Well, I respectfully disagree, and I do it on this basis: the legislation, as it is written today, says that you “may” provide that evidence. If you inadvertently or intentionally don't provide that evidence, you haven't erred. You have a choice; you have an option. When someone says you “may” do something, it is very different from when someone says you “shall” do something. It creates a different onus on the part of the person who looks at it. I don't recognize that a human error was made. I don't think this bill seeks to address a human error. Rather, it seeks to remedy an option, and right now the option is made.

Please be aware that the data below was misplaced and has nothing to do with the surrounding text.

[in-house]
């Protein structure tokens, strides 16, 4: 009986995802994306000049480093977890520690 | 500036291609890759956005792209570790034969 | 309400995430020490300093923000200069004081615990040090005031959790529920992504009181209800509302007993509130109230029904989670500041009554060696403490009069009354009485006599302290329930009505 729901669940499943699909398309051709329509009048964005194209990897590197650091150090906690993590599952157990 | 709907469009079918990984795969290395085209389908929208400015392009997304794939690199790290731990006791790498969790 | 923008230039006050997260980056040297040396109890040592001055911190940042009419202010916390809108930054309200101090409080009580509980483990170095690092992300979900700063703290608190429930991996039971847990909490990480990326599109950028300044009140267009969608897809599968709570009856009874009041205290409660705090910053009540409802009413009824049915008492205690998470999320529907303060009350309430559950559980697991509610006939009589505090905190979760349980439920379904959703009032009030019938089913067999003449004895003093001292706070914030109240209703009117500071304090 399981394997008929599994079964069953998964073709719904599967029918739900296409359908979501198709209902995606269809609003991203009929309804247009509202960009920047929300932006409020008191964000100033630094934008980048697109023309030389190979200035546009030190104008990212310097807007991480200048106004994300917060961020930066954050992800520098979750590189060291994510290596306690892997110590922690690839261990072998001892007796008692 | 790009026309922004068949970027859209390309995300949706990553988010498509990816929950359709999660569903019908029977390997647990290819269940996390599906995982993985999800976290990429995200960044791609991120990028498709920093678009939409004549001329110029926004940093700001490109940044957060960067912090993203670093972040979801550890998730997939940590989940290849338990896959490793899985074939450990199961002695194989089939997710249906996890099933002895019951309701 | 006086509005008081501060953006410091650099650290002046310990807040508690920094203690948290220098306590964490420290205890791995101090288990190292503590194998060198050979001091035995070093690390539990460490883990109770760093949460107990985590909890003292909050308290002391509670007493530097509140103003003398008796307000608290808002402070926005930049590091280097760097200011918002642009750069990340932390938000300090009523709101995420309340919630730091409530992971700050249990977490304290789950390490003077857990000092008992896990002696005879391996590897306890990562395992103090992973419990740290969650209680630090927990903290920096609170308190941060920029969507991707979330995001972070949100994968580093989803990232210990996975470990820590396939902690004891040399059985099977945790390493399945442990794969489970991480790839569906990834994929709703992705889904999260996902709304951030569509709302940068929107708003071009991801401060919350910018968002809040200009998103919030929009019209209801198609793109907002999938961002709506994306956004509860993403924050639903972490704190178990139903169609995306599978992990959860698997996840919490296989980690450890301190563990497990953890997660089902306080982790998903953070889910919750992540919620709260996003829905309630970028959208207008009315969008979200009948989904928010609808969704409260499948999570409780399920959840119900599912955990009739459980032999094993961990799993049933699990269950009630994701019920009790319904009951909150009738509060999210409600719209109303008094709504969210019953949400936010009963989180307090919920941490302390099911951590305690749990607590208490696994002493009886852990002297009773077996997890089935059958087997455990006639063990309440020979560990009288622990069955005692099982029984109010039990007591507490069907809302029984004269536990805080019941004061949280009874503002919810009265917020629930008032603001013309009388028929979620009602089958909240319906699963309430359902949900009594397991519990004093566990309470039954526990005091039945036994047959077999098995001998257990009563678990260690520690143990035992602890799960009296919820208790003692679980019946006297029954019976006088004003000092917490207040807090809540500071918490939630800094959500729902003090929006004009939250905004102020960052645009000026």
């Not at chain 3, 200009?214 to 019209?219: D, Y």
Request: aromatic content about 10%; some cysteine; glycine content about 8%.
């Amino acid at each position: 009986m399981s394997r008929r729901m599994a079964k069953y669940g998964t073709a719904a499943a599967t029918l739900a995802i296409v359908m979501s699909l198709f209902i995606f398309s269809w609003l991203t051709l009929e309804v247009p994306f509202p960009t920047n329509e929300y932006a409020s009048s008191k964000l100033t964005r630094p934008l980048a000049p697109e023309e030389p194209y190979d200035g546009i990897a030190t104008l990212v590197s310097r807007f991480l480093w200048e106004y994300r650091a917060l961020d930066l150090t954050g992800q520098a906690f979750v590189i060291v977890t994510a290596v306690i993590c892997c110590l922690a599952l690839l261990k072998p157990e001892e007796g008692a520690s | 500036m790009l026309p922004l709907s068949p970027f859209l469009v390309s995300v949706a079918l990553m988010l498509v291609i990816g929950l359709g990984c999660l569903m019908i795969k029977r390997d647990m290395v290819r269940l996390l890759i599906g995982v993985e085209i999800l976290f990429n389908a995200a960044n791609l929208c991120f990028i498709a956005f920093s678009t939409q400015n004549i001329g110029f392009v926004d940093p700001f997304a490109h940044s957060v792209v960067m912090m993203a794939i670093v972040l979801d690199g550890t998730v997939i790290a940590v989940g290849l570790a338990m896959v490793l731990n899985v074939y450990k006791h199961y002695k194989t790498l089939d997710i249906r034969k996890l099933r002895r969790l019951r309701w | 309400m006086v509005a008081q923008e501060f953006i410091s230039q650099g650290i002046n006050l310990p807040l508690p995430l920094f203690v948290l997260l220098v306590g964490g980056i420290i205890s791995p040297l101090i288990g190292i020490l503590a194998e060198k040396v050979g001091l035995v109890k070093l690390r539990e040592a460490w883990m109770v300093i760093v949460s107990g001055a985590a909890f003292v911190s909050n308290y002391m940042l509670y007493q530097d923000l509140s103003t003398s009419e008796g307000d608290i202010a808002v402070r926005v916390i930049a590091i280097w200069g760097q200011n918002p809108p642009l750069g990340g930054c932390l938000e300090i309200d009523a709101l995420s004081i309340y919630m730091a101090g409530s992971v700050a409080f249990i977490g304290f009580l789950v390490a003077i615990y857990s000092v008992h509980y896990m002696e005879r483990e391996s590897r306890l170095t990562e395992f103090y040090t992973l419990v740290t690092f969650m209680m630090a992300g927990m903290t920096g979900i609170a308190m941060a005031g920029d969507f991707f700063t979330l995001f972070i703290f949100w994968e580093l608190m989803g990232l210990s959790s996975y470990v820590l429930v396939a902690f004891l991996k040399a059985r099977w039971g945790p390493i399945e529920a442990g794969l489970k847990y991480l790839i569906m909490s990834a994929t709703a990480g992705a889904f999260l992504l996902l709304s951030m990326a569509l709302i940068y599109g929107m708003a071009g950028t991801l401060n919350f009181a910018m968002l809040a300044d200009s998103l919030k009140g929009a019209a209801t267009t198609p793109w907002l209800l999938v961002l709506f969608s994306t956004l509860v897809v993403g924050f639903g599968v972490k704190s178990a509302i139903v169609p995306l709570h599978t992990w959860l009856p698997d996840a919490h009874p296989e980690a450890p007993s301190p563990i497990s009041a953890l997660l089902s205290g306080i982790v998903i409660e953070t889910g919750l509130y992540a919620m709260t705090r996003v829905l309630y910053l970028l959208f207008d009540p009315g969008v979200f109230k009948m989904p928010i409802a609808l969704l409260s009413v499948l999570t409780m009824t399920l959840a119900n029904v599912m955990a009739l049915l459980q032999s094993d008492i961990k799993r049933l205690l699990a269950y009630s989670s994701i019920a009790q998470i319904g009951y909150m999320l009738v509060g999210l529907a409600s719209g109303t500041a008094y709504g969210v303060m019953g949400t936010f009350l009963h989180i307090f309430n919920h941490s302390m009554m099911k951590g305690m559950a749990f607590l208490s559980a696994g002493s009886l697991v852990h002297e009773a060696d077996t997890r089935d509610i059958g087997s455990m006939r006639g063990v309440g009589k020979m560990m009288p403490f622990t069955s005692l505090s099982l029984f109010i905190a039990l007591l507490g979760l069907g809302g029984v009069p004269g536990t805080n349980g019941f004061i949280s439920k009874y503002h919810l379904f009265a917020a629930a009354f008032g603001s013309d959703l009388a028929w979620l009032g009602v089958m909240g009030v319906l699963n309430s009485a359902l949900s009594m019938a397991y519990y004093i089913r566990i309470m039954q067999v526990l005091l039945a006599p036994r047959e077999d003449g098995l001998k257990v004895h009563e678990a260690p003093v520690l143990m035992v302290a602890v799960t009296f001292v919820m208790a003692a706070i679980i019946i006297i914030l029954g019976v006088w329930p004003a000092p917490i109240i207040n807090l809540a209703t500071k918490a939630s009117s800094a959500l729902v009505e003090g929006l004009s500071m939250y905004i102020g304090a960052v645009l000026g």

I do appreciate the comments that I think Ms. Irving made. These comments addressed the word “shall” coupled with “to prove the fact”. I don't understand the implications of using “the fact” in there, and I would agree that it seems to perhaps create something it shouldn't.
Mr. Cameron, we've heard a lot of discussion about delays, and yet we hear that everybody provides the criminal record at a bail hearing. Still, we're told that if we shall compel people to do it, it's going to create delays. Can you help me understand how this could create a delay if we're already doing it?